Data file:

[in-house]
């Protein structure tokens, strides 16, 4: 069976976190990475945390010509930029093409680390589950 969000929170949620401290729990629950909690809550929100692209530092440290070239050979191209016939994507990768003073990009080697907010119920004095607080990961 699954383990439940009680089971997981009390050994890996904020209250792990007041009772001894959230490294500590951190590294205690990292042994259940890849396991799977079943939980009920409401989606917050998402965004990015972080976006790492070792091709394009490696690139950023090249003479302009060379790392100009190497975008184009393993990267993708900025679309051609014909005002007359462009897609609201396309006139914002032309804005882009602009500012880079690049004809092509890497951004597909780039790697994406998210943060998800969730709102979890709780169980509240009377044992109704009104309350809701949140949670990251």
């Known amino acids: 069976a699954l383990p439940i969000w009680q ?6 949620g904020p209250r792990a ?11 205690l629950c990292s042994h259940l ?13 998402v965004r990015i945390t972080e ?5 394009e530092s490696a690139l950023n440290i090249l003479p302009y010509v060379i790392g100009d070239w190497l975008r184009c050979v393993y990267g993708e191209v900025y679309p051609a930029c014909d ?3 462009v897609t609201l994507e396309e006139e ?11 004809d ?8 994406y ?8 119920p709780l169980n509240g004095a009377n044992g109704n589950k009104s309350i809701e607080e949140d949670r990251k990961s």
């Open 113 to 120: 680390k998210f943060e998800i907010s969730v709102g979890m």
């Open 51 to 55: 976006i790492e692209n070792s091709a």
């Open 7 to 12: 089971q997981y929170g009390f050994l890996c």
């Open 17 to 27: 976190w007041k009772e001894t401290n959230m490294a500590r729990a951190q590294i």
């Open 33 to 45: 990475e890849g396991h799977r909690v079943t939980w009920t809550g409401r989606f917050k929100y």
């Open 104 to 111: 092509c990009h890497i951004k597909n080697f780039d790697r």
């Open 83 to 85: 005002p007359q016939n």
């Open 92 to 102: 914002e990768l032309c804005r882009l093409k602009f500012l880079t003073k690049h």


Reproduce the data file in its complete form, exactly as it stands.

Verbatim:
[in-house]
């Protein structure tokens, strides 16, 4: 069976976190990475945390010509930029093409680390589950 969000929170949620401290729990629950909690809550929100692209530092440290070239050979191209016939994507990768003073990009080697907010119920004095607080990961 699954383990439940009680089971997981009390050994890996904020209250792990007041009772001894959230490294500590951190590294205690990292042994259940890849396991799977079943939980009920409401989606917050998402965004990015972080976006790492070792091709394009490696690139950023090249003479302009060379790392100009190497975008184009393993990267993708900025679309051609014909005002007359462009897609609201396309006139914002032309804005882009602009500012880079690049004809092509890497951004597909780039790697994406998210943060998800969730709102979890709780169980509240009377044992109704009104309350809701949140949670990251």
């Known amino acids: 069976a699954l383990p439940i969000w009680q ?6 949620g904020p209250r792990a ?11 205690l629950c990292s042994h259940l ?13 998402v965004r990015i945390t972080e ?5 394009e530092s490696a690139l950023n440290i090249l003479p302009y010509v060379i790392g100009d070239w190497l975008r184009c050979v393993y990267g993708e191209v900025y679309p051609a930029c014909d ?3 462009v897609t609201l994507e396309e006139e ?11 004809d ?8 994406y ?8 119920p709780l169980n509240g004095a009377n044992g109704n589950k009104s309350i809701e607080e949140d949670r990251k990961s």
């Open 113 to 120: 680390k998210f943060e998800i907010s969730v709102g979890m």
């Open 51 to 55: 976006i790492e692209n070792s091709a």
């Open 7 to 12: 089971q997981y929170g009390f050994l890996c």
């Open 17 to 27: 976190w007041k009772e001894t401290n959230m490294a500590r729990a951190q590294i």
């Open 33 to 45: 990475e890849g396991h799977r909690v079943t939980w009920t809550g409401r989606f917050k929100y």
């Open 104 to 111: 092509c990009h890497i951004k597909n080697f780039d790697r």
């Open 83 to 85: 005002p007359q016939n």
């Open 92 to 102: 914002e990768l032309c804005r882009l093409k602009f500012l880079t003073k690049h």